Windows Workflow Foundation (Basics): How to handle external events and to trigger state transitions using a HandleExternalEvent activity


MSDN's description for a HandleExternalEvent reads as "Defines a workflow communication activity that is used to handle an event that is raised by a local service". In this blog I will try to expand on that definition.

Imagine a simple state machine representing a moving (state = Moving) or non-moving (state = Stopped) vehicle. For simplicity, let's assume that the vehicle can only start moving if the driver accelerates and it stops when the brakes are applied:

WF's state machine runtime allows services to raise events which can be handled by the state machine. In other words, a local service could perhaps communicate with a state machine via this route.

Let’s create a simple service project which will allow us to raise both the accelerate and brake events:

- Create an empty class library called VehicleService
- Inherit from ExternalDataEventArgs and mark the inherited class as serializable (it must be marked as serializable in order to be sent to the state machine):

public class MovementChangeEventArgs : ExternalDataEventArgs
   private MovementChangeType _movementChangeType;
   public MovementChangeType MovementChangeType
      get { return _movementChangeType; }
      set { _movementChangeType = value; }


   public MovementChangeEventArgs(Guid instanceId, MovementChangeType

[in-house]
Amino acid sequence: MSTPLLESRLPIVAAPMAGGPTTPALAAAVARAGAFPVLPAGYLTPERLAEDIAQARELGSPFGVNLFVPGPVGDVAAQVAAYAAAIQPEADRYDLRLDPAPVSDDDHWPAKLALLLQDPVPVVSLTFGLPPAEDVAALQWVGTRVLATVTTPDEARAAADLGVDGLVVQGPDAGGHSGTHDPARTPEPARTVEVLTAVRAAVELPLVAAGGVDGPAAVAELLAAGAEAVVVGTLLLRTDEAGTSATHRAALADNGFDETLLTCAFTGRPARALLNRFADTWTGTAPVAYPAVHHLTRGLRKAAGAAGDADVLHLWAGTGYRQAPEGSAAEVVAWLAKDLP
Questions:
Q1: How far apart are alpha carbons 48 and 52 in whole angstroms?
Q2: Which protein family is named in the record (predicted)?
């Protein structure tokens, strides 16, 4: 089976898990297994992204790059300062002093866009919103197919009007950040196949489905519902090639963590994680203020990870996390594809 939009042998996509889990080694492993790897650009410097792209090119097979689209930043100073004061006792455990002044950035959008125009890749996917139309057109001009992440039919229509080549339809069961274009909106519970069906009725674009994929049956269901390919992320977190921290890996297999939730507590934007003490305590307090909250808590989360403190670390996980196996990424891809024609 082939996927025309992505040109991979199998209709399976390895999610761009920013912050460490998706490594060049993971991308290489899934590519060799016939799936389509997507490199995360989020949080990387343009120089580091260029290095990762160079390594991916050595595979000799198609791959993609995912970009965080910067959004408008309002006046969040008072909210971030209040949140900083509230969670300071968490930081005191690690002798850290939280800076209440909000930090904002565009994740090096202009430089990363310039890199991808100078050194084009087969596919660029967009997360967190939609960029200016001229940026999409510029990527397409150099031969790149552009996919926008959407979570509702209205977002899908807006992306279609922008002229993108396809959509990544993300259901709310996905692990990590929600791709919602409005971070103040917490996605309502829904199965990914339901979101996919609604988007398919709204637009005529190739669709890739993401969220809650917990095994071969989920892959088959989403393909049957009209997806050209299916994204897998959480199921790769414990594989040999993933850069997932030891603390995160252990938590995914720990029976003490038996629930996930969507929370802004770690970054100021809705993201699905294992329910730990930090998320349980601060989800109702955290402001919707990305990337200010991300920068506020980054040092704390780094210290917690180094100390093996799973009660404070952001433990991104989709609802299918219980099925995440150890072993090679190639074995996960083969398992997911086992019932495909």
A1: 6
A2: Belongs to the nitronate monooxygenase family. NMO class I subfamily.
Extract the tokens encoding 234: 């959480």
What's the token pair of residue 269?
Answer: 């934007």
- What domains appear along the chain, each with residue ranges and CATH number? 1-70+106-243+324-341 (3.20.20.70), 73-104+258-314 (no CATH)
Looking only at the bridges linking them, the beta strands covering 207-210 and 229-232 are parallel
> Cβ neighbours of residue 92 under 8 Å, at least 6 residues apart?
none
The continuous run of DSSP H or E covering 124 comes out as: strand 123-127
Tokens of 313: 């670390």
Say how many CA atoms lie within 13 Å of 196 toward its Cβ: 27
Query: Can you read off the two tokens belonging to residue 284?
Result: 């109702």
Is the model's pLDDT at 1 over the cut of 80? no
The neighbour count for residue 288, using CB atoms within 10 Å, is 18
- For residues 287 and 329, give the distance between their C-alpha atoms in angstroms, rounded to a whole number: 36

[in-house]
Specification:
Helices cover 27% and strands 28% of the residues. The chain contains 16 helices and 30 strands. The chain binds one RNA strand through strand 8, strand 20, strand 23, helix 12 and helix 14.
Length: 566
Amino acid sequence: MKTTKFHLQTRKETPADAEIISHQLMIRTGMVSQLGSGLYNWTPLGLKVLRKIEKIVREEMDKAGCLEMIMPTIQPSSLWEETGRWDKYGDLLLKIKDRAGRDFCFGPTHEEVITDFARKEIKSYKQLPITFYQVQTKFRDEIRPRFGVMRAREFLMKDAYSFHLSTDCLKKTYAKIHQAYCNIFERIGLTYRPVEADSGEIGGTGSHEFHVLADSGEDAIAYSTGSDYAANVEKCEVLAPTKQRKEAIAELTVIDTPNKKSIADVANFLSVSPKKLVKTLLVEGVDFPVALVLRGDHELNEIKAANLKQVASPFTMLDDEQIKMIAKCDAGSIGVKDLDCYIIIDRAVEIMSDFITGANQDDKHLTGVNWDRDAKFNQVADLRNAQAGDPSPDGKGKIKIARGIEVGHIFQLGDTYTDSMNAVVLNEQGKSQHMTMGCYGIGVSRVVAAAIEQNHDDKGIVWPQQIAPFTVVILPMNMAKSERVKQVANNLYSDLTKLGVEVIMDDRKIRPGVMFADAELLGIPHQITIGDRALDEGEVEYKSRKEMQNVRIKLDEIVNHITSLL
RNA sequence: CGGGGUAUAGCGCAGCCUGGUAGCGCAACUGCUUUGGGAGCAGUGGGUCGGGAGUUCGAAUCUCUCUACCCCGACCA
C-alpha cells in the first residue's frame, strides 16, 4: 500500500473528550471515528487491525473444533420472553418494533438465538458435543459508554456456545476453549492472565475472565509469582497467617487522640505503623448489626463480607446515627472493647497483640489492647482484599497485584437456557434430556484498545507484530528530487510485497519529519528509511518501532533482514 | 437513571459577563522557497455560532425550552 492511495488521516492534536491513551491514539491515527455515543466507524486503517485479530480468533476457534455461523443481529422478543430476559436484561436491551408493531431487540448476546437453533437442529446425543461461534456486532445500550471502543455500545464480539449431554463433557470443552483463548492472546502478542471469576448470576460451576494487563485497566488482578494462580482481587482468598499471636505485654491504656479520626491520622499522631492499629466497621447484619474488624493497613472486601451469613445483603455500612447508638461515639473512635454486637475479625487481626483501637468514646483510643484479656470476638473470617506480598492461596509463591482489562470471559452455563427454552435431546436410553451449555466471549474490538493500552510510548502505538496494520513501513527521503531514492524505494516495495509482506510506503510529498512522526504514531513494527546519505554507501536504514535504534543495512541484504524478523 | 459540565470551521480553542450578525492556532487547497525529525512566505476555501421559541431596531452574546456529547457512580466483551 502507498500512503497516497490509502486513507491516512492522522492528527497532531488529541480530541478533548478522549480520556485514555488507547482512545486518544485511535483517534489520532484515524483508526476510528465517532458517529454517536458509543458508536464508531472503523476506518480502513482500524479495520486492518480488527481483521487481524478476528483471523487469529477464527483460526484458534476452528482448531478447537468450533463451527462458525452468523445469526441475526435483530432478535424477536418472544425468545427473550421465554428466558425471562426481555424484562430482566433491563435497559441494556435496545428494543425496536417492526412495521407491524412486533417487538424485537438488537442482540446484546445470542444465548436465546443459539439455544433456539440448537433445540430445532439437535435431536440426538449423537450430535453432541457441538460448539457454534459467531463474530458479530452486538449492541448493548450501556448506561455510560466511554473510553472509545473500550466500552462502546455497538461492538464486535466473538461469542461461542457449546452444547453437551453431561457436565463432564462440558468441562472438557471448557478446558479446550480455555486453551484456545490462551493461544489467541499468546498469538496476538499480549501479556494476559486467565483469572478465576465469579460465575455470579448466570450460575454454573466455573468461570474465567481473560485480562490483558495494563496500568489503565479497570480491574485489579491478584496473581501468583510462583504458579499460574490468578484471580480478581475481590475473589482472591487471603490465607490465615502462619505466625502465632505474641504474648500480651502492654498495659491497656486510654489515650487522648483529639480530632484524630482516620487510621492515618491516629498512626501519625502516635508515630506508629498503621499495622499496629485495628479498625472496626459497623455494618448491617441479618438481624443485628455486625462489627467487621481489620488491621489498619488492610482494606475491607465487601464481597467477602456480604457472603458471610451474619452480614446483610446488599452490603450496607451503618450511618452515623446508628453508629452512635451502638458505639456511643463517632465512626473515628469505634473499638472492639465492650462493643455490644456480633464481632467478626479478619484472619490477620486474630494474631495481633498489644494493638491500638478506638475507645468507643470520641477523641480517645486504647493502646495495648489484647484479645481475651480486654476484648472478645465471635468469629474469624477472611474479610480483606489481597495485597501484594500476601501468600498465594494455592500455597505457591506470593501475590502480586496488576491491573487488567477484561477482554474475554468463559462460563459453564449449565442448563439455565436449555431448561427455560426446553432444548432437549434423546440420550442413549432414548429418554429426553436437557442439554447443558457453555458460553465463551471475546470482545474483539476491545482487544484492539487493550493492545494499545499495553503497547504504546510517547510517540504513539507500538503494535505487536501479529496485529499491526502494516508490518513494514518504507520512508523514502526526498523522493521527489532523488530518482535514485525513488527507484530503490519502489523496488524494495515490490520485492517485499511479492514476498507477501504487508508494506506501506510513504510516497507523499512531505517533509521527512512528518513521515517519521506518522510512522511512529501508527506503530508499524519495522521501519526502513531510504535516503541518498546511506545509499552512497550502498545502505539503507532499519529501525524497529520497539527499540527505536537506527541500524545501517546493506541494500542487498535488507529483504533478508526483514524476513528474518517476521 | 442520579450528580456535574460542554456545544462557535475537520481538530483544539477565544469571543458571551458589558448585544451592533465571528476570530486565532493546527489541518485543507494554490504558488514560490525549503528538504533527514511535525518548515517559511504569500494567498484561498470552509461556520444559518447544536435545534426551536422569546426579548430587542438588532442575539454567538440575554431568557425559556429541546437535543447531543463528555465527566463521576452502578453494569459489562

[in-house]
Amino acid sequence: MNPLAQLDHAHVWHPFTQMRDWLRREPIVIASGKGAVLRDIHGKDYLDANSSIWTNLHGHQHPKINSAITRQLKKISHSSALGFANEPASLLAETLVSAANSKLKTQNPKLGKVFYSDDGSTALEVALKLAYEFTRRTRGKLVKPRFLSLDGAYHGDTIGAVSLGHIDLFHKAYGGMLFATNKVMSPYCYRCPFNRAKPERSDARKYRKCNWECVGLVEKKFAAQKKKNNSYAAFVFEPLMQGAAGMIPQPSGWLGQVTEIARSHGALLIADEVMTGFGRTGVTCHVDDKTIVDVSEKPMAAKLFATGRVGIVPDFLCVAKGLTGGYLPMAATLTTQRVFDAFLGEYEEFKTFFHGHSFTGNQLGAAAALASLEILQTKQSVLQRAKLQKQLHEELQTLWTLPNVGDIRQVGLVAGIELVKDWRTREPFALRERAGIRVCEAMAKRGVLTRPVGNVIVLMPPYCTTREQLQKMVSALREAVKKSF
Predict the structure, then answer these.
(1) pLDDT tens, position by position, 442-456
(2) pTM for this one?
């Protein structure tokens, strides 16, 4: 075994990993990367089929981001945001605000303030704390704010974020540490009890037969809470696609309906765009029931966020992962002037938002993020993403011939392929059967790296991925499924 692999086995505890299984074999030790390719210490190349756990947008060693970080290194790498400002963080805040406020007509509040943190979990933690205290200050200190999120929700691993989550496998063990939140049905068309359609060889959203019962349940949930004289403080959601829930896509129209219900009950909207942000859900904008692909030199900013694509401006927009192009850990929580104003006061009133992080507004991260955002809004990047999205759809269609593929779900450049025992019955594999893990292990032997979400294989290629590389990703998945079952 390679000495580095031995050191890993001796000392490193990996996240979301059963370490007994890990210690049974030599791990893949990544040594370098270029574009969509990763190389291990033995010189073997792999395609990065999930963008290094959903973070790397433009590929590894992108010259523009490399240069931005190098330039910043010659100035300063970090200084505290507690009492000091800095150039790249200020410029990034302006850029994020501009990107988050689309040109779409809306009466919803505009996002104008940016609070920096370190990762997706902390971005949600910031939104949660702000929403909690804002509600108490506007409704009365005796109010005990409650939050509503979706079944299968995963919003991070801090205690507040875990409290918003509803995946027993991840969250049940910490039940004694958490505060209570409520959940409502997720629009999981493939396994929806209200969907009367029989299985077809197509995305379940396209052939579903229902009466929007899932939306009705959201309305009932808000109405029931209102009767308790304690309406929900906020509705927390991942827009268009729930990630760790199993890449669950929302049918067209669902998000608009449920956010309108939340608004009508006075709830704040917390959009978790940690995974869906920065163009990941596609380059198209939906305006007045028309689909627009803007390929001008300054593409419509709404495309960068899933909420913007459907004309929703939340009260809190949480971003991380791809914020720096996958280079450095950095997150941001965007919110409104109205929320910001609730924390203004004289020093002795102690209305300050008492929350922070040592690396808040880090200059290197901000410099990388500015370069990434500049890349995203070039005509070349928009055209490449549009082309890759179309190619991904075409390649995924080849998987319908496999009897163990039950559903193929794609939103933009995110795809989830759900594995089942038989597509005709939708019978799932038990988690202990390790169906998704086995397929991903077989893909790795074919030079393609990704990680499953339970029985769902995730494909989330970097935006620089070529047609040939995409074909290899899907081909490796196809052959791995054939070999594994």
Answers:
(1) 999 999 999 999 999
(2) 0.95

movementChangeType) : base(instanceId)
      _movementChangeType = movementChangeType;
      this.WaitForIdle = true;

public enum MovementChangeType

- Create an interface which can be shared by both the local service (the service which has the responsibility for raising the event) and the state machine.
- Add only a single event to that interface

public interface IVehicleService
   event EventHandler<MovementChangeEventArgs> MovementChanged;

- As you can see above, the interface is marked with the ExternalDataExchangeAttribute attribute which flags the interface as a local service used for data exchange purposes.
- The next step is to implement the IVehicleService interface:

public class VehicleService : IVehicleService
   public void RaiseEvent(MovementChangeEventArgs args)
      EventHandler<MovementChangeEventArgs> movementChanged = MovementChanged;
      if (movementChanged != null)
         movementChanged(null, args);
   public event EventHandler<MovementChangeEventArgs>MovementChanged;

This interface now can be registered with the state machine. For this, you will need a HandleExternalEvent activity as the first event driven activity within the workflow of both the stopped and moving states:

- VehicleService class library must be referenced by the workflow project
- Go to the stopped state and drop a HandleExternalEvent activity as the first item within the event driven workflow. You will also need to set the following properties on this activity:
   o InterfaceType: IVehicleService
   o EventName: MovementChanged
- Now attach an event handler to the Invoked event of this activity which is called when the MovementChanged event is invoked. At this stage, you have a number of options open to you. One option is to keep the result of the event using a local property. You could perhaps add an IfThenElse activity followed by a SetState to your workflow which could trigger a state transition based on that local property.

The very last step is to make the workflow runtime aware of the service:

WorkflowRuntime workflowRuntime = new WorkflowRuntime();
ExternalDataExchangeService dataExchange = new ExternalDataExchangeService();
VehicleService vehicleService = new VehicleService();

You can now simply raise events by calling the RaiseEvent method of the vehicleService instance:

new MovementChangeEventArgs(instance.InstanceId,

Please let me know what you think about this blog entry.